Focal Passage: 1 John 4:1-6
Discernment is not one of our strengths in this age. Ours is a day where most people give toleration the pride of place among virtues. While there are many benefits to toleration, it can also numb us over time to the importance of standing for truth. It is not unloving to stand for truth. In fact, it is in the context of teaching about loving one another that John mentions the necessity of discernment.
Our adversary is not dormant. Just as he was a real threat to the health of the first-century church, he is active and trying to deceive our churches. You cannot trust every preacher you hear on TV, regardless of his/her popularity. Do not believe everything you read – even if the book is a best seller and came from a Christian bookstore.
Several years ago I attended a special service in a church on the Gulf Coast that claimed to be experiencing five years of ongoing revival.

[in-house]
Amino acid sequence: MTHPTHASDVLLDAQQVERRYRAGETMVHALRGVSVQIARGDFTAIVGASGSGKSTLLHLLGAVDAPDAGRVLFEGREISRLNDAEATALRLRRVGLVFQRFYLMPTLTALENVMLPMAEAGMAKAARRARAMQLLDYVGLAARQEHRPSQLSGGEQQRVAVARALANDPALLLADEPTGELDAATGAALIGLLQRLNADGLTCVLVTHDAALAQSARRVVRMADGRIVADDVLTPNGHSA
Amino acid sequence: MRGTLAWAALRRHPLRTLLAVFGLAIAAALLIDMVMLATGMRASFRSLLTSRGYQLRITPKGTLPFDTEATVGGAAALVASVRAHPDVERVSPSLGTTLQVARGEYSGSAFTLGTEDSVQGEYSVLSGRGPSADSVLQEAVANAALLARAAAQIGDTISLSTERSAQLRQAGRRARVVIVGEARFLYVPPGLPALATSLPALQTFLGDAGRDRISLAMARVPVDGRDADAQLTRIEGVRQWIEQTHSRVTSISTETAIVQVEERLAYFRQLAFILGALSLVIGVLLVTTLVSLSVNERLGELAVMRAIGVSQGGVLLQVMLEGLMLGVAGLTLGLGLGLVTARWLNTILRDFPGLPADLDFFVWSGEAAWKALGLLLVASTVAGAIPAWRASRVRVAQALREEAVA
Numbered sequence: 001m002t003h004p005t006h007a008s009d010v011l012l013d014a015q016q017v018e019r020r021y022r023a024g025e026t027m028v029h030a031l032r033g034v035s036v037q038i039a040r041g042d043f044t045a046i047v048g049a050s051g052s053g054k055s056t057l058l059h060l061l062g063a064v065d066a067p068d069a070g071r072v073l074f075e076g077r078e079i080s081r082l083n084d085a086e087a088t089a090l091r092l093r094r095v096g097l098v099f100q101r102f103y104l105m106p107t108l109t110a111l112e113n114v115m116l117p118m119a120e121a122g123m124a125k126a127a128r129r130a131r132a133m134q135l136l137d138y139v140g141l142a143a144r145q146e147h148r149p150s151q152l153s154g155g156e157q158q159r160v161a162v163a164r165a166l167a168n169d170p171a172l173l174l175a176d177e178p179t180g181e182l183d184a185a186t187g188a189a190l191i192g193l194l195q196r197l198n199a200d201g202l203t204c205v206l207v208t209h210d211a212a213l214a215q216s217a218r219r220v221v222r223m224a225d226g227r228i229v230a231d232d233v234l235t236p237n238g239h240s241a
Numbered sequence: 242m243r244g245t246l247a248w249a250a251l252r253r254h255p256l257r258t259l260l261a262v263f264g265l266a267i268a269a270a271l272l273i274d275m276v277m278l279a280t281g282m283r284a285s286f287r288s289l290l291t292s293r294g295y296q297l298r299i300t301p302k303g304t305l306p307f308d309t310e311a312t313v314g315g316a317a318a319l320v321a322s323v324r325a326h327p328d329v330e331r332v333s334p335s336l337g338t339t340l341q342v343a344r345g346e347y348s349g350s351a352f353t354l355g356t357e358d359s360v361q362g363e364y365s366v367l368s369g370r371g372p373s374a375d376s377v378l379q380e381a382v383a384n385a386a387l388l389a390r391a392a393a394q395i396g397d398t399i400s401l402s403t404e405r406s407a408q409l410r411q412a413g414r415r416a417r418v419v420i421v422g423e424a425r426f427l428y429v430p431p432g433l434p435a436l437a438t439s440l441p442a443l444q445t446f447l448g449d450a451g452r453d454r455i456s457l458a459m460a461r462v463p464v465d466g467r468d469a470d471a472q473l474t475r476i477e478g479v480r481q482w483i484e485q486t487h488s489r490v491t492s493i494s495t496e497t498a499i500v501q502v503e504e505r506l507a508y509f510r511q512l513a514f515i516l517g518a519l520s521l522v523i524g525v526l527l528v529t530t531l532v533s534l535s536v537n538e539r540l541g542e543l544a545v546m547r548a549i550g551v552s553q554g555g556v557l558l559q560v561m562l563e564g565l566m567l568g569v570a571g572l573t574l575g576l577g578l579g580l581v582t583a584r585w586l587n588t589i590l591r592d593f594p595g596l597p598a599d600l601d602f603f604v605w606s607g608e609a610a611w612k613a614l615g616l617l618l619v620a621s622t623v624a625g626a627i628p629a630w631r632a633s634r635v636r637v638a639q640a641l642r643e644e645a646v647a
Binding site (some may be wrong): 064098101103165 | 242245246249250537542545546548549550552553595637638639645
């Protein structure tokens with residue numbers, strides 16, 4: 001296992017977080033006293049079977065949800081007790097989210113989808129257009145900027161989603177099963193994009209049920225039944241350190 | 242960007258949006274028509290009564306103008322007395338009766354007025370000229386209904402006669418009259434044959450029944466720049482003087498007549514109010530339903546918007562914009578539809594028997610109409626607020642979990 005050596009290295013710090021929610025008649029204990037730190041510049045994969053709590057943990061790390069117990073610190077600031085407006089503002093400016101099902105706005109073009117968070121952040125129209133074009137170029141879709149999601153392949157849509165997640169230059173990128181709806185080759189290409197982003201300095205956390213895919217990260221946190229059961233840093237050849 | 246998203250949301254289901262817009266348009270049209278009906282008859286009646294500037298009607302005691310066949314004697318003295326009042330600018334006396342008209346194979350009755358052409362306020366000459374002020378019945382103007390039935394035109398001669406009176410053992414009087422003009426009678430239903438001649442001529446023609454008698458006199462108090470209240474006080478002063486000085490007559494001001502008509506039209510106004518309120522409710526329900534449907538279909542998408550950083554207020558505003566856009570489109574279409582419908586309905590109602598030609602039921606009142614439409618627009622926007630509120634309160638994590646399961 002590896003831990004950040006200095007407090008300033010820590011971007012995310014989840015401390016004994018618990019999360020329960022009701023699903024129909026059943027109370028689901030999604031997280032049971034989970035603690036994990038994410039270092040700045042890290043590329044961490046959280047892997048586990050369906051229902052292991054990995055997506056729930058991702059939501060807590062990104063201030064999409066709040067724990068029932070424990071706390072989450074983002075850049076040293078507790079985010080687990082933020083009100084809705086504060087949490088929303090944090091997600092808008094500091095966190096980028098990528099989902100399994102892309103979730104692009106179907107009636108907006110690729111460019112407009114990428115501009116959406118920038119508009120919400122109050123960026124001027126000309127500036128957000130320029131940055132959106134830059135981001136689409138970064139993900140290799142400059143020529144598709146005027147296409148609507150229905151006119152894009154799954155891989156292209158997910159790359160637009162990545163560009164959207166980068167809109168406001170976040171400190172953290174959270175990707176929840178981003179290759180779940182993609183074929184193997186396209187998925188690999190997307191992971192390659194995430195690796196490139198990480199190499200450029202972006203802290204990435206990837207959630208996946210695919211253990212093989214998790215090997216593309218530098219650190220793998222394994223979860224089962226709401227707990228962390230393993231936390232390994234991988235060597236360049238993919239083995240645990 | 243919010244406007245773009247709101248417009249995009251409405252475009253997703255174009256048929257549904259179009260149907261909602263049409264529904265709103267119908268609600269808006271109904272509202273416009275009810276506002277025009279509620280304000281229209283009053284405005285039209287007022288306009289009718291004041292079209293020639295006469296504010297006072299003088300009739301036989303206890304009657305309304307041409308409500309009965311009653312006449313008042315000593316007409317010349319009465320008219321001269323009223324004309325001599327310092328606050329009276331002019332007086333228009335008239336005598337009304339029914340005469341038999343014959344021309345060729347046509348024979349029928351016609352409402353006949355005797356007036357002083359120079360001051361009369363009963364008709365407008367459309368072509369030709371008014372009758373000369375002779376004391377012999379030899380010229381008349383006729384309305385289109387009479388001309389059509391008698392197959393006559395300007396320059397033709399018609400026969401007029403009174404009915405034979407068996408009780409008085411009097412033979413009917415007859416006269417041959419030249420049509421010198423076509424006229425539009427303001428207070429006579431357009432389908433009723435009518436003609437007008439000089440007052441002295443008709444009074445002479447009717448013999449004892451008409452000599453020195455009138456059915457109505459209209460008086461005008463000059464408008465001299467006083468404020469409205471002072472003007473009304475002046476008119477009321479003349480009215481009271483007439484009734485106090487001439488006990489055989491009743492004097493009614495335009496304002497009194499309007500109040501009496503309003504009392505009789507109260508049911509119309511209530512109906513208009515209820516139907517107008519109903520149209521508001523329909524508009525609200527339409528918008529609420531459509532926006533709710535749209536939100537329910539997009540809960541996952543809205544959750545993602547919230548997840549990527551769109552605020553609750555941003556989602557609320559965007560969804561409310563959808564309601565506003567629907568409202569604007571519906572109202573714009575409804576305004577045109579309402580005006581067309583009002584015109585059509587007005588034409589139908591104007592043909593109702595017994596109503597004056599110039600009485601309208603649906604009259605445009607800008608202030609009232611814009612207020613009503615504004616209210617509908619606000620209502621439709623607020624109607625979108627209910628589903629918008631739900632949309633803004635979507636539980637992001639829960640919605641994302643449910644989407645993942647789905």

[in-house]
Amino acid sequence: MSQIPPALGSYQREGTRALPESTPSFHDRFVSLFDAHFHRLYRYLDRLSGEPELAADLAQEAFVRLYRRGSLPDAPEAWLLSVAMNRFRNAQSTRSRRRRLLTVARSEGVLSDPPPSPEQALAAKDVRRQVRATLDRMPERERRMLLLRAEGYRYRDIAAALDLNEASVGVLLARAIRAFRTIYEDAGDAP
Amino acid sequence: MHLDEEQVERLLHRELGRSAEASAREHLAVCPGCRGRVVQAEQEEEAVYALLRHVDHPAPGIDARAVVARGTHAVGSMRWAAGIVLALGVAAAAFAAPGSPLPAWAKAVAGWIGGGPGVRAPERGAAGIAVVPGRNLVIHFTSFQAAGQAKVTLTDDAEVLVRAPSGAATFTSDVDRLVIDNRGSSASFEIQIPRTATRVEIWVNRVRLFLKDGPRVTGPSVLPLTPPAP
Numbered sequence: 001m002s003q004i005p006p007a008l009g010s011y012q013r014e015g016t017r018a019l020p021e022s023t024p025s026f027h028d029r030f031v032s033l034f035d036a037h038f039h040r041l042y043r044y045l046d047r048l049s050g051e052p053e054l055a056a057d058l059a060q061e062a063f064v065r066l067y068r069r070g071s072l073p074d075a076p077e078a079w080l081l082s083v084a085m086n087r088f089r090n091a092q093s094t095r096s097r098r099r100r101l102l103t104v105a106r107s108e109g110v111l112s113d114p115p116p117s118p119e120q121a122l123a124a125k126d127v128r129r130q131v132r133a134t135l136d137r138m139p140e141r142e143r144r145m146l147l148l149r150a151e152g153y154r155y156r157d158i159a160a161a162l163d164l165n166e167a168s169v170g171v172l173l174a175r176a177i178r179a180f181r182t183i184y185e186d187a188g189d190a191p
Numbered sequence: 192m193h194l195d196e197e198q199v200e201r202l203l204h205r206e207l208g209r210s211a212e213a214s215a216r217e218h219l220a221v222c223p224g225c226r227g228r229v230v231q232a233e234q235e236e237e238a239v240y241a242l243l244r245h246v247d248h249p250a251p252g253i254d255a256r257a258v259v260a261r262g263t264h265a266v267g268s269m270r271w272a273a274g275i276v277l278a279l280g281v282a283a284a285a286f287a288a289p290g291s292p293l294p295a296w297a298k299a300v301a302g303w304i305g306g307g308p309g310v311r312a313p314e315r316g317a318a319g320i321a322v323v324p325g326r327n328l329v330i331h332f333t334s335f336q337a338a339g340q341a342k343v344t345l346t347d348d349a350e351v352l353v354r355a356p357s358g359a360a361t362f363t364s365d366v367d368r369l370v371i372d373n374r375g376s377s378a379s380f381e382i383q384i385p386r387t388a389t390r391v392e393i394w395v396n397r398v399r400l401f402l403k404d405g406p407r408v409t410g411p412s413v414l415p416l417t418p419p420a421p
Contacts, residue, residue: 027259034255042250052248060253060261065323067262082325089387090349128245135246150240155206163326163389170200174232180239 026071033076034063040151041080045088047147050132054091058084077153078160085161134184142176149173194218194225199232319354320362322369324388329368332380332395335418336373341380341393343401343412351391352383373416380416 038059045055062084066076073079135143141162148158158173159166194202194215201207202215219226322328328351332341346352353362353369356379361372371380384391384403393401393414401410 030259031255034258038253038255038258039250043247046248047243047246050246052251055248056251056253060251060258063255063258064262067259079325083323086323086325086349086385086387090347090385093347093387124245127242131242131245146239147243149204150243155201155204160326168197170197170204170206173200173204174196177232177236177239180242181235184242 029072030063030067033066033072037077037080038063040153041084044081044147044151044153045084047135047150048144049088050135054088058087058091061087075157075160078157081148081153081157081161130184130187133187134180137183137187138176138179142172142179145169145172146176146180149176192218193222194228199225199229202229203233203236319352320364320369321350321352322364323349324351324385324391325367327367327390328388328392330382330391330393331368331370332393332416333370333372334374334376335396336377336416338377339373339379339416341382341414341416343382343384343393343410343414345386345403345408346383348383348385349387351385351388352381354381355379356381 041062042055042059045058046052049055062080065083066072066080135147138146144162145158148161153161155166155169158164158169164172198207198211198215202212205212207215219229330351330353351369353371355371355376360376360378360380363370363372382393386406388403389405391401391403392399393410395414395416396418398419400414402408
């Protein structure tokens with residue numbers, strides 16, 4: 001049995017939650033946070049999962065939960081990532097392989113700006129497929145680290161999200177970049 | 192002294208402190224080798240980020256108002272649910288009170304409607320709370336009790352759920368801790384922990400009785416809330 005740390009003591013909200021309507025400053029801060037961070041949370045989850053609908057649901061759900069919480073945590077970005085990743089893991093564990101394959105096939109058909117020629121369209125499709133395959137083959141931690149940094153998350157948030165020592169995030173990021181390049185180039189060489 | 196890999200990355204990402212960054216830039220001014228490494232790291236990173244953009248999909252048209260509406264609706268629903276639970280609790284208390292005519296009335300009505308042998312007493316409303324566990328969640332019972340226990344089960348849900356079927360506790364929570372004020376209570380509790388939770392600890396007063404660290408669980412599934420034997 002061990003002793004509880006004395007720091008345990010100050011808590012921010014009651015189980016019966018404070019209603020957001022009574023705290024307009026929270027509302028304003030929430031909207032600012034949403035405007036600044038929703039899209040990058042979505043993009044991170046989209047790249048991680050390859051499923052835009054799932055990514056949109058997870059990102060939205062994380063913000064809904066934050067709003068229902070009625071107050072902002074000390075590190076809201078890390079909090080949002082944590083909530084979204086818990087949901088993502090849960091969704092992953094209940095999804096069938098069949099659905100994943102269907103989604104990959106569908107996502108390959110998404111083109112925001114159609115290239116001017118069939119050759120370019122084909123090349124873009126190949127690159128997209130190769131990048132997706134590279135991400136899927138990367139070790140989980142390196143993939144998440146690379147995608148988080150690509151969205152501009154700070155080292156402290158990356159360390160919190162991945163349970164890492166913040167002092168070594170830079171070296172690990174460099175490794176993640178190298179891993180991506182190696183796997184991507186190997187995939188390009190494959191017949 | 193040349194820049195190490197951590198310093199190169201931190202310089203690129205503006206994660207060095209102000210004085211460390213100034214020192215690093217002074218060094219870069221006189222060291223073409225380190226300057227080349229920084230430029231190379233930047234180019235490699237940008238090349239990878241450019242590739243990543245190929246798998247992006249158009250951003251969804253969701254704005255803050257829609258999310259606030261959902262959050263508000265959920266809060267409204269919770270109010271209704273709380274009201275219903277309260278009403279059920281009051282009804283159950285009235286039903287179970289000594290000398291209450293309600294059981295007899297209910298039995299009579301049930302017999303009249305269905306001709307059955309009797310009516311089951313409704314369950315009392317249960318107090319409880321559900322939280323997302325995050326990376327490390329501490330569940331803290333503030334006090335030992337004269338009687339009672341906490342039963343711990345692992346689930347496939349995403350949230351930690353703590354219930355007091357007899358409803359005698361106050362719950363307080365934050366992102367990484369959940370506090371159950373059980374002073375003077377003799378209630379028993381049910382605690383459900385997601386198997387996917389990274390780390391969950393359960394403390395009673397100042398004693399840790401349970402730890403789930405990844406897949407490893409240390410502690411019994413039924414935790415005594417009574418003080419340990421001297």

I had to witness it, but afterwards was greatly disturbed.
They claimed miraculous works of the Spirit were taking place, but it was a chaotic spectacle. I left confused and wondering, “Is this of God?”
How do we know when something is truly of God? There is no substitute to learning God’s Word.
The more we know truth, the better prepared we are to discern error. In our passage John gives us the clearest test.
Ask yourself, “Does this teaching or activity magnify Jesus or detract from Him?”
J.I. Packer compares the work of the Holy Spirit to a well-placed floodlight focused on Jesus. On the front of our church property we have a beautiful white cross as the focal point in a rock garden with a bench.
At nightfall floodlights beneath the cross illuminate it. When you drive by in the dark, it’s hard to miss the cross. You don’t see the actual lights because they were not placed to draw attention to themselves. They bring your eyes to the cross.
Remember, concerning the work of the Spirit, Jesus said, “He will glorify me” (John 16:14).